Written by Jennifer Friberg, Cross Endowed Chair in SoTL and Professor of Communication Sciences & Disorders at Illinois State University
I’ve been back from the 2019 ISSOTL conference for a little over a week…and I’m *still* processing all that happened in Atlanta. There was a richness to this conference that was so very pleasing and I found that I was inspired by so many of the people I spoke with. I returned to Normal (that’s really the name of my institution’s town!) thinking about connections between formal sessions and informal conversations with colleagues and friends. There are many to be made, but one stands out quite prominently: we need to be purposeful in how we amplify our collective efforts in the SoTL community. While I could pick a number of conference moments to highlight to illustrate this notion, I have four that I’d like to focus on in this short blog post, as I feel they set the stage for the point I’m seeking to make. Questions/thoughts raised in my mind by each are asked in italics:
- The ISSOTL Advocacy and Outreach (A&O) committee sponsored a panel at the conference on the topic of “Grand Challenges” for SoTL, following the model some might be familiar with from the discipline of engineering. Grand Challenges are seen as wicked problems that define areas of need/focus for a discipline to move forward. Lauren Scharff (U.S. Air Force Academy) presented an overview of her analysis of data (collected over two years) from this project and identified several Grand Challenges specific to SoTL. One of three challenges identified was termed “challenges to SoTL as an enterprise,” and focused on the perceived lack of value/support for SoTL, questions of SoTL’s rigor, and questions about who is/should be engaged in this work. Essentially, data indicated that one of the major challenges facing those engaged in SoTL remains a need for advocacy for this type of scholarship — and for SoTL scholars, themselves.
- As part of an intriguing and thought-provoking panel, Lindsay Doukopoulos, Peter Felten, Mays Imad, and Huang Hoon Chng led a discussion focused on the importance of backstage conversations in SoTL as a mechanism for advocacy, engagement, and deriving forward momentum to realize progress (in whatever form or fashion). Backstage conversations help to develop networks that bring important work to the front (or public) stage, where broader impact for SoTL might be felt. Might we consider formal and informal encounters at and around ISSOTL each year to be one form of a backstage conversation? Are we networking together (and well!), but failing to move beyond our immediate social networks of SoTLists to advance our work? If so, what might we constitute as the front stage?
- In their presentation titled “Using SoTL to Advance Institutional Change: Exploring Student Success in Foundational Courses,” Wallace Lockhart and Brad Wuetherick shared their SoTL Impact Framework (at the time of the conference, this was in near-final draft status). This framework asked those in attendance to consider the potential impact of a SoTL project as part of its planning through the establishment of impact goals (why are you doing this project?), impact actions (what actions will you take to achieve your impact goals?), and impact results (how will you know if you have achieved your intended impact?). How might the discipline of SoTL change if we collectively considered impact planning as an integral part of disseminating our work? What types of impact are we seeking?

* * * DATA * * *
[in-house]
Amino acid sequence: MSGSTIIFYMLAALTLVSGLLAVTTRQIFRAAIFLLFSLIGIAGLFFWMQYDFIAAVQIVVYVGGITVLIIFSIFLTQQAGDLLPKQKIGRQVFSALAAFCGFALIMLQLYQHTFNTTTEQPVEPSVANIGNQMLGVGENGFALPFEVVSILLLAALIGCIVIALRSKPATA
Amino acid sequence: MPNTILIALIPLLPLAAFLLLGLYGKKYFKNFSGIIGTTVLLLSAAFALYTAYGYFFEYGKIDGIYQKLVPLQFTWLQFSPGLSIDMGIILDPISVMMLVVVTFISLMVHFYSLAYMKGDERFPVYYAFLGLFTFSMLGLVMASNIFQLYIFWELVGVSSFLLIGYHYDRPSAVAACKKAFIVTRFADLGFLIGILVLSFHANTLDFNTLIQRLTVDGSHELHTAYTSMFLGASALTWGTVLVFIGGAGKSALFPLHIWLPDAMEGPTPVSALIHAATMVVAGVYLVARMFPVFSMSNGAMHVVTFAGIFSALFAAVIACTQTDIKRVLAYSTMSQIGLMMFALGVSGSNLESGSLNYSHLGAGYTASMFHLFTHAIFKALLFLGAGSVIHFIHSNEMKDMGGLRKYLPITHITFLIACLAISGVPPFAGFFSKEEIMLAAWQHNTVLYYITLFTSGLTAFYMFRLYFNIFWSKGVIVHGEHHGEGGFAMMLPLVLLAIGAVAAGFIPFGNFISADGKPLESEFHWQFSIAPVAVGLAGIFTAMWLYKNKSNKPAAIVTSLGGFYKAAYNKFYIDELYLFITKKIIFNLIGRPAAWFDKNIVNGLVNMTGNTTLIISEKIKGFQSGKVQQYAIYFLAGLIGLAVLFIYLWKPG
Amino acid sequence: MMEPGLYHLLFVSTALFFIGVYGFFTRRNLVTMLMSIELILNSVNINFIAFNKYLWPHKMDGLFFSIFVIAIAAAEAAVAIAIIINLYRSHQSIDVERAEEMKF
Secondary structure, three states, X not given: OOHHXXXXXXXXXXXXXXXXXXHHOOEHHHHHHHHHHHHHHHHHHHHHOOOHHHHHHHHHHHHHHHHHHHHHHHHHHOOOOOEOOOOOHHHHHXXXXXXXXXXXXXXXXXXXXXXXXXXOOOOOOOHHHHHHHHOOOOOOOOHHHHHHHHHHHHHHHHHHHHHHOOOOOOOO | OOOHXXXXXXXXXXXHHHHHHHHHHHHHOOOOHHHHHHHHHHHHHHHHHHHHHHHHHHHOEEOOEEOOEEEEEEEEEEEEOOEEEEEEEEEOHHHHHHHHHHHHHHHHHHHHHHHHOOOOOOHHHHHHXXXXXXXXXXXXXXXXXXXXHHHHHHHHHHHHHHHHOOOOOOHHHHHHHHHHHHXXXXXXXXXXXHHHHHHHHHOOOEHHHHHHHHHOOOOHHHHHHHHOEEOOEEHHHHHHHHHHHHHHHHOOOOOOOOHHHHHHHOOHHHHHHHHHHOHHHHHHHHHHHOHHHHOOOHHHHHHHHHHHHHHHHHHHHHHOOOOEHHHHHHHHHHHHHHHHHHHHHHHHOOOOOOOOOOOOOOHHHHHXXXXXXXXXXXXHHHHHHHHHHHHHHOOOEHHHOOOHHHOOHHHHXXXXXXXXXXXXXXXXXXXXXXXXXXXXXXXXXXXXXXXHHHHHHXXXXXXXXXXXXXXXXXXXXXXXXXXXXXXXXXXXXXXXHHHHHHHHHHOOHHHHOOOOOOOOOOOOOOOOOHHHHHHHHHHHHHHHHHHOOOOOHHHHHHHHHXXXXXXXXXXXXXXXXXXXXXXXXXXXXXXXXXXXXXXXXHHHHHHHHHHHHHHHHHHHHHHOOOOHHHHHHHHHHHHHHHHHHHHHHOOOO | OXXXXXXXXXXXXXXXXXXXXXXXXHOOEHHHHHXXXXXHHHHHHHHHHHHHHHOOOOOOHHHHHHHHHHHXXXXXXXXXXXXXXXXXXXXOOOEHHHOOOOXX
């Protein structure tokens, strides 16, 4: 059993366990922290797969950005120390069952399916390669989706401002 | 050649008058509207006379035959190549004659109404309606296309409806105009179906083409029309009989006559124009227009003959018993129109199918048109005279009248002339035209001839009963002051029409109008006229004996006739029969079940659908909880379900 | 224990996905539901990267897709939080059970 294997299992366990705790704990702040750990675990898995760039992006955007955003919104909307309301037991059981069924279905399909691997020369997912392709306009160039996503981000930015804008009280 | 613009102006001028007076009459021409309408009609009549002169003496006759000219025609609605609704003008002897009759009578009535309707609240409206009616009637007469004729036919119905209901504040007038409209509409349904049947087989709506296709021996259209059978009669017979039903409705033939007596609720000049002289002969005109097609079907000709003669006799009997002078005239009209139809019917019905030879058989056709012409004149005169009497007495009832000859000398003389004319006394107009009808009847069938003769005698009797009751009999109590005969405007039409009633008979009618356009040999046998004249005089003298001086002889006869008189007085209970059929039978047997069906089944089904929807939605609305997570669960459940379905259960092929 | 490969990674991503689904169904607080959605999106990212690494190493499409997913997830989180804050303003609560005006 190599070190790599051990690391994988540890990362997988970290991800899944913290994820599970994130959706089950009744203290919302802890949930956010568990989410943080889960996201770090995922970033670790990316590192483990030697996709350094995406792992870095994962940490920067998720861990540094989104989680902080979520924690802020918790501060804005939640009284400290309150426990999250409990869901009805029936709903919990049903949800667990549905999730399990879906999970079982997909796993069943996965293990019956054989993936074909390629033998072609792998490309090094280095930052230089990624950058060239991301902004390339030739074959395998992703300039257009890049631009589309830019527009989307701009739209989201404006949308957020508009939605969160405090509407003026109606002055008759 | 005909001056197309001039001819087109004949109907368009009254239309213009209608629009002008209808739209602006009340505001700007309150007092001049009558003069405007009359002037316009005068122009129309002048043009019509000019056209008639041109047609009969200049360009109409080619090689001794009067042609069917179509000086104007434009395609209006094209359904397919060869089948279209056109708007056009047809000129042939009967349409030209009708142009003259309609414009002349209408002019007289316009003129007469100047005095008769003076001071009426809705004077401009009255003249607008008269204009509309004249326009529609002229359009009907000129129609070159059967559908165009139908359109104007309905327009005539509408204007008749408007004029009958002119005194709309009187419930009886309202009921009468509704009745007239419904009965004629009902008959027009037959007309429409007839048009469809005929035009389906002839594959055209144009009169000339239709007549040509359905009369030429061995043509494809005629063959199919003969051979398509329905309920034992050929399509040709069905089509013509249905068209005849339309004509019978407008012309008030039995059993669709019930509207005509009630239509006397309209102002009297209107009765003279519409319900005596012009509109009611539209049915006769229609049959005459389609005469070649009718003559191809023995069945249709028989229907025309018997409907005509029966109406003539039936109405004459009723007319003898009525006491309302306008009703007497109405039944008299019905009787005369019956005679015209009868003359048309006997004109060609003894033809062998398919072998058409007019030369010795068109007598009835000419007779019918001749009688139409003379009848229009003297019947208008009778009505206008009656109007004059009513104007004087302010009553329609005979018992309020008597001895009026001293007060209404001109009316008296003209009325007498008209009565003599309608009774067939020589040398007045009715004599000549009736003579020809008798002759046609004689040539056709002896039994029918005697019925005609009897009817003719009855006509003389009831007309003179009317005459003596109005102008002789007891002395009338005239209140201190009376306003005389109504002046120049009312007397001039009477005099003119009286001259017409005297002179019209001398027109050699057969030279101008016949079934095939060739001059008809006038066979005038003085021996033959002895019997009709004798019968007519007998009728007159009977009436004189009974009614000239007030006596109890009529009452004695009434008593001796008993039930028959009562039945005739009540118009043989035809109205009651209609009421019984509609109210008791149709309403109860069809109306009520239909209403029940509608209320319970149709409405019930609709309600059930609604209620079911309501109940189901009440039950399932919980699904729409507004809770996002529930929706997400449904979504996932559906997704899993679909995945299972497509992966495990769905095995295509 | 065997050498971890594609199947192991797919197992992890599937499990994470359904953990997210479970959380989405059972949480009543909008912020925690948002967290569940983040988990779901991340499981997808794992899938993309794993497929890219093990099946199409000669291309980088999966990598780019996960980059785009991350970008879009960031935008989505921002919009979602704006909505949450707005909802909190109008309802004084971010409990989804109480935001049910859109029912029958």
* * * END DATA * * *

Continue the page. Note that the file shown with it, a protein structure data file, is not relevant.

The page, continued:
- Nancy Chick’s closing keynote strongly advocated for those engaged in SoTL to consider sharing work through more public forms of scholarship (e.g., social media, blogs, white papers). She challenged those in attendance to create a broader impact for their work by taking something that matters to individuals or small groups (your own SoTL work) and making it matter to others beyond the immediate SoTL community. How might the profile of SoTL grow in value if we worked purposeful together to accomplish this?
My take aways from these conference moments? Nancy Chick identified a new path for our our consideration in her conference keynote. The sessions I attended and conversations I had with colleagues in Atlanta strongly backed up her call to truly make our SoTL work public. SoTL advocacy work is still clearly needed. That work needs to move from the SoTL backstage to a more public front stage to purposefully amplify our SoTL work/findings/efforts. We, as a community of scholars, can plan systematically for this to happen. In doing so, we have the capacity to grow the SoTL in terms of value perceptions, stakeholder engagement, and broader societal impact.
Chick, N. (2019). SoTL as public scholarship. Keynote presented at the annual meeting of the International Society for the Scholarship of Teaching and Learning in Atlanta, Georgia, USA.
Doukoplulos, L. M., Felten, P., Imad, M., & Chng, H. H. (2019). Cultivating backstage conversations in SoTL. Panel presented at the annual meeting of the International Society for the Scholarship of Teaching and Learning in Atlanta, Georgia, USA.
Lockhart, W. & Wuetherick, B. (2019). Using SoTL to advance institutional change: Exploring student success in foundational courses. Paper presented at the annual meeting of the International Society for the Scholarship of Teaching and Learning in Atlanta, Georgia, USA.
Scharff, L., Draeger, J., Ahmad, A., Friberg, J., Hamshire, C., & Maurer, T. (2019). Grand challenges for the scholarship of teaching and learning, phase II. Panel presented at the annual meeting of the International Society for the Scholarship of Teaching and Learning in Atlanta, Georgia, USA.